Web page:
20 Minute Guide to Pc Security

Martin Brinkmann
Feb 14, 2007
Updated • May 28, 2013

20 minutes to increase the security of a computer is a useful guide for inexperienced computer users that covers most of the basic "need to knows"  of computer security.. The guys at itsecurity have published a security guide that tries to help users get a basic sense of electronic security.

The guide aims to educate inexperienced users by walking them through a series of procedures that educates them and helps them improve the security of their PC.

The first, called"The Basics: Spotting and Eliminating Threats" suggests to install a firewall, anti-virus software, anti-spyware software and other programs to protect the PC. Program links are always provided that you can follow to download and install programs that help you protect your PC.

After having covered the basics, it reminds users that it is important to keep the operating system and the software running on it up to date at all times to resolve security related issues in older versions. The author suggests furthermore to use third party tools instead of default tools. It is for instance suggested to use Firefox or Opera instead of Internet Explorer, and Thunderbird or Gmail instead of Outlook.

Basic information about downloading files and file sharing are offered here as well.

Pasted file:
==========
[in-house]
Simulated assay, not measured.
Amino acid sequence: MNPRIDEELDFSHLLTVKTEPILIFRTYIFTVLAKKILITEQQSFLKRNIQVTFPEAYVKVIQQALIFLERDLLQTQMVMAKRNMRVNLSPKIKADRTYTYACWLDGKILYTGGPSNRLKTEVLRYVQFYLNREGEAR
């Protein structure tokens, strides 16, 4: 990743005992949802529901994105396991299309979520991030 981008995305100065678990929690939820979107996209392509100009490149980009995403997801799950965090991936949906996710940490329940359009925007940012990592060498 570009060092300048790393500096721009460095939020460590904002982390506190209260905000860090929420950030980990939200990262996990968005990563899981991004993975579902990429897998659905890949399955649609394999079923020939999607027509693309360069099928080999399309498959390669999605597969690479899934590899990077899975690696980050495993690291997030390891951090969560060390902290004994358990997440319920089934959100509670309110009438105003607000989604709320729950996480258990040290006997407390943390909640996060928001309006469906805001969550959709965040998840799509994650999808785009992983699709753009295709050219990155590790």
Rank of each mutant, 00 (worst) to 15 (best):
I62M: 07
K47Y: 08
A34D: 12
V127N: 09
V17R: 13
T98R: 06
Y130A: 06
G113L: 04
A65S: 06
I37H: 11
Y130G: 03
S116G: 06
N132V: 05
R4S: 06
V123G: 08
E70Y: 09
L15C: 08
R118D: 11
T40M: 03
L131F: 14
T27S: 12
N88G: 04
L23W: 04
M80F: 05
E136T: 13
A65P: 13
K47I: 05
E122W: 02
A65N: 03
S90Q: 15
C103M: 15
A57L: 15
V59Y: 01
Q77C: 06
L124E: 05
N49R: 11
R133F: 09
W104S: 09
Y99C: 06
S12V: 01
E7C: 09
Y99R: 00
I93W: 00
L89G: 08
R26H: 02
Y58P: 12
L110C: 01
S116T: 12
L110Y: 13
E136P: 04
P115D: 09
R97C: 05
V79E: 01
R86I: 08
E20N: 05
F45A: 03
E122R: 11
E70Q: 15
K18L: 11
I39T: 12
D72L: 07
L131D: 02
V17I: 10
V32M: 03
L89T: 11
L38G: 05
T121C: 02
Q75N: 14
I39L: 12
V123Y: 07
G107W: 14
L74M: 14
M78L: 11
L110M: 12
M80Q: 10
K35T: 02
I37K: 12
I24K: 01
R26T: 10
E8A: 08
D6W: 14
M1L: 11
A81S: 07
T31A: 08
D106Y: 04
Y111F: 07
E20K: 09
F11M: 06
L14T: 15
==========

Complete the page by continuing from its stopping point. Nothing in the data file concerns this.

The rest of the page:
Those tips may be helpful to beginners or inexperienced users, while most experienced users have implemented them already on their system.

Email safety is the next topic. It covers email clients but also lets you know about basic things that you need to know like being cautious of links and attachments, and that email addresses and websites can be faked easily.The author covers password security in the next part. He recommends that you select unique secure passwords for every account so that passwords cannot be guessed or brute forced.The next part offers some wireless networking suggestions, including the advice not to use public wireless networks as they can be used to log all of your activities on the Internet.

The last part deals with physical protection: Disguise your laptop and use anti-theft solutions should not bother most users but could be useful for business clients.

As you can see those are basic advices that could help inexperienced users. They miss to cover some topics that could really increase security but require knowledge of the subject. They fail to address the possibility to create a user account in Windows and use this one instead of the admin account. They also miss to mention that not needed services should be turned off, which user needs telnet or remote access anyways ?

I'm also not very fond of software firewalls and would suggest to use a hardware firewall instead. Software firewalls give a false sense of security especially if you are inexperienced.


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